Retro Renovation’s Pam Keuber enjoying Elmira Stove Works’ great retro-style Northstar appliances line, in Buttercup Yellow and Robin’s Egg Blue. Photo from Retro Renovation,

Red Northstar fridge

The vintage-style red fridge in the window at Bush Furniture in Tweed that stole my heart.

Now, I’ve had my eye on those Elmira Stove Works Northstar appliances for the Manse for quite some time. It was back in September 2013 that I spotted a gorgeous bright-red retro-style fridge in the window of Bush Furniture in the village of Tweed, just down the road from Queensborough. When Raymond and I made inquiries of friendly proprietor Robert Bush, we learned that the Elmira folks also make stoves, dishwashers and microwaves in that great vintage style and in an array of fabulous colours – including the one you can see in the photo with Pam, which is called Robin’s Egg Blue but that I prefer to call – yes, you guessed it: turquoise! The colour that the kitchen walls of the Manse were painted in my childhood in this house (you can watch a video here of my brother John exposing them after many a year of them being hidden behind 1970s “wood” panelling), and the colour that I would like to bring back to our kitchen. Turquoise and bright white, like the photo atop this post; I love it! Perhaps with some red accents thrown in for good measure, something that, again thanks to the Retro Renovation team, I’ve learned might work beautifully.

If you’d like to see lots and lots of photos of real-life kitchen renovations that feature wondrously bright colours, I strongly encourage you to spend some time poking around Retro Renovation. For starters, click on the posts here and here and here and here. All that colour will cheer you up, I promise.

And finally, I also want to share yet another way that Pam and Kate have made my life better. You see, the reason they were at the huge Las Vegas kitchen and bath show in the first place was to help the Wilsonart company promote a new line of retro-style countertop laminates that they designed for the company! And they are beautiful!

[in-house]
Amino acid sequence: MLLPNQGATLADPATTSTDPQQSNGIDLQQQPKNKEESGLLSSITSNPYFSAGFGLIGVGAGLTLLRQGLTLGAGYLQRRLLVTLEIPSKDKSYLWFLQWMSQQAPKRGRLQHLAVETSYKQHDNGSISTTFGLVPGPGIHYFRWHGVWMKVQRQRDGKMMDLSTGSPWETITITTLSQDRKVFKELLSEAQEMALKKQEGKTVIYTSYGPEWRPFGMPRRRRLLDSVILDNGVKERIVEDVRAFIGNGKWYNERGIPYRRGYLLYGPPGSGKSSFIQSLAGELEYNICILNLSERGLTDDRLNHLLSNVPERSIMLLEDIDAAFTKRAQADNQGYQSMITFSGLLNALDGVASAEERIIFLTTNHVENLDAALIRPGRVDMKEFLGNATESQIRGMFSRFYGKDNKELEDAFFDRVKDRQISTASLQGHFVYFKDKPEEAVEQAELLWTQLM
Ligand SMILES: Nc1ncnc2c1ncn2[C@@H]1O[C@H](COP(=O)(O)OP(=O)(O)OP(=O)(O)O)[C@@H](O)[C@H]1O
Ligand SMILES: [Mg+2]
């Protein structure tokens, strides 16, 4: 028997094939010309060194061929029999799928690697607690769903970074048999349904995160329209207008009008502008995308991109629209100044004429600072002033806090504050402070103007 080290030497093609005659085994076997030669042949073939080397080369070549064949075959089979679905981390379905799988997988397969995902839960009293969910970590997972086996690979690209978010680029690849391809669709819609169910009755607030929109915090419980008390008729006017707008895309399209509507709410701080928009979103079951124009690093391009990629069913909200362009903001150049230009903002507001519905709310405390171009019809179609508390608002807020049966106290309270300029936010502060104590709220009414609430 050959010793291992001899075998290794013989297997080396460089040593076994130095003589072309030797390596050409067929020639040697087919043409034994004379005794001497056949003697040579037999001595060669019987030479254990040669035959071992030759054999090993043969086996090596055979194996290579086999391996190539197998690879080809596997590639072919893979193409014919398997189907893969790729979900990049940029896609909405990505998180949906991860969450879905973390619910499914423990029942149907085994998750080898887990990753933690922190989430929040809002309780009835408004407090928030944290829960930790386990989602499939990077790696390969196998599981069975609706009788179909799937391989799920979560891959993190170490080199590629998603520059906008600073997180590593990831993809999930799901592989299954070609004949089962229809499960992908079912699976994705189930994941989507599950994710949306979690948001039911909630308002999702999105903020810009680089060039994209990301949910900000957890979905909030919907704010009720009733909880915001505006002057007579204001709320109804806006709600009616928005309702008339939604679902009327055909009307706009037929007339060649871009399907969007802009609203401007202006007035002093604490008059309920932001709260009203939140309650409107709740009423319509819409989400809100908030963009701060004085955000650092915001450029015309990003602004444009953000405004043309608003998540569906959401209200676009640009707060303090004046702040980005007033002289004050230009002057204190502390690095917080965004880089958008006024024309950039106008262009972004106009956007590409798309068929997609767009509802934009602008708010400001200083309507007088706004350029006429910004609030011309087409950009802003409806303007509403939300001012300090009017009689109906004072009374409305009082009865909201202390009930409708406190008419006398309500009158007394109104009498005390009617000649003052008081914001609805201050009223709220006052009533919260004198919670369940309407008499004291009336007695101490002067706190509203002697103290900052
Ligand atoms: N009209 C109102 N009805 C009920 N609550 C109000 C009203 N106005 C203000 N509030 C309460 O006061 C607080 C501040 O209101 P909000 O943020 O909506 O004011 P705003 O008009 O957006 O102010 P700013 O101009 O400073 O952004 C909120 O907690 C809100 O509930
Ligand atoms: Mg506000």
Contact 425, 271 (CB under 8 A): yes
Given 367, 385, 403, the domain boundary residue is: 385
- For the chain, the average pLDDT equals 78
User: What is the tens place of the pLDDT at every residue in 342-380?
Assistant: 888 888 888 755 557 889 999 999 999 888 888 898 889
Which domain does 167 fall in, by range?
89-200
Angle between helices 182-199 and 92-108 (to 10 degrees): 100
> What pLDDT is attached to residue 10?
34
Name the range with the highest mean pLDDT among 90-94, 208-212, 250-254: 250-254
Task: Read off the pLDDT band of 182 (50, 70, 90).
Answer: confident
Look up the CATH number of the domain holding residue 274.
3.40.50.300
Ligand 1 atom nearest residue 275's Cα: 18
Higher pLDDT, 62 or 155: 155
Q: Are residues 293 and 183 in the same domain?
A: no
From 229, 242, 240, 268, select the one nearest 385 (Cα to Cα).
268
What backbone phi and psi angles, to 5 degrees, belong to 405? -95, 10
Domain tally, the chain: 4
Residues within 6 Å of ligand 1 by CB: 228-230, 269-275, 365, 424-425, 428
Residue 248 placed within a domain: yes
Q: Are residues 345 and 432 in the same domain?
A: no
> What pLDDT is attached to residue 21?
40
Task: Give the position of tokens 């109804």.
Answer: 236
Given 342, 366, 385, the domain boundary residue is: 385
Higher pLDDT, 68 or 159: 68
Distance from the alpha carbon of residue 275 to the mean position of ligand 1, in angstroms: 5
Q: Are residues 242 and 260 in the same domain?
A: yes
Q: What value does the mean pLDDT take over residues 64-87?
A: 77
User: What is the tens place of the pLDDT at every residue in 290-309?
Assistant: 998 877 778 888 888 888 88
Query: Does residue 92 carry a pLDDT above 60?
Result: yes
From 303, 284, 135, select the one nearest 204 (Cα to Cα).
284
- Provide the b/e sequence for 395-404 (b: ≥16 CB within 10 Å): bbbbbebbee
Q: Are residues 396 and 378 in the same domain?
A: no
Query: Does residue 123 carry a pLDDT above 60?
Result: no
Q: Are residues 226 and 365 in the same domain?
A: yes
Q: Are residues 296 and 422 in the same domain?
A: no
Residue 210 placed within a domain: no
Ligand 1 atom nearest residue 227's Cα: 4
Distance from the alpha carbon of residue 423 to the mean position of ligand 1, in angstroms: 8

The countertop laminates produced by Wilsonart in collaboration with the folks at Retro Renovation. How cool is that? Photo from Retro Renovation,

Here are a couple of closeups that allow you to see the great colours and the funky boomerang pattern:

First Lady Pink, Retro Renovation

First Lady Pink, which the Retro Renovation folks describe as “a warm pink colour popularized by Mamie Eisenhower in the 1950s.” Photo from Retro Renovation,

Retro Renovation Delightful Jade

Delightful Jade, inspired by the jadeite kitchenware we surely all love and some of us collect. Photo from Retro Renovation,

You can read all about these funky laminates (and where to get them) in the Retro Renovation post here, but I wanted to share three reasons why I think they will be perfect for our Manse-kitchen renovation.

  • They are not quartz, or marble, or granite. I know that kitchen countertops and islands made of those materials are all the rage at the moment. But I would be terrified of installing them because, to put it bluntly, I am a klutz. There would be endless breakage of crockery and glassware in our kitchen if it contained those supremely hard surfaces. Also: quartz, marble and granite tend to fall into my generalized non-preferred colour category of “beige.”
  • Just look at this photo that Pam and Kate posted featuring the Aqua Ripple option!
Aqua Ripple Retro Renovation Wilsonart laminate, with Blue Heaven plate

Photo from Retro Renovation,

People, the pattern on that saucer is none other than Blue Heaven, a popular midcentury style that was produced by the Royal China Company of Sebring, Ohio. Thanks to our love of antique barns and flea markets, Raymond and I have a pretty good collection of Blue Heaven plates, bowls, cups and saucers, and we use those sturdy and funky dishes at almost every meal. I had to smile when Pam and Kate used Blue Heaven in their photo of the Aqua Ripple laminate. Can you say: “Meant to be?”

  • They are all about colour. Colour, colour, colour. Which is what our kitchen needs. And will have – eventually. I can’t wait to show you!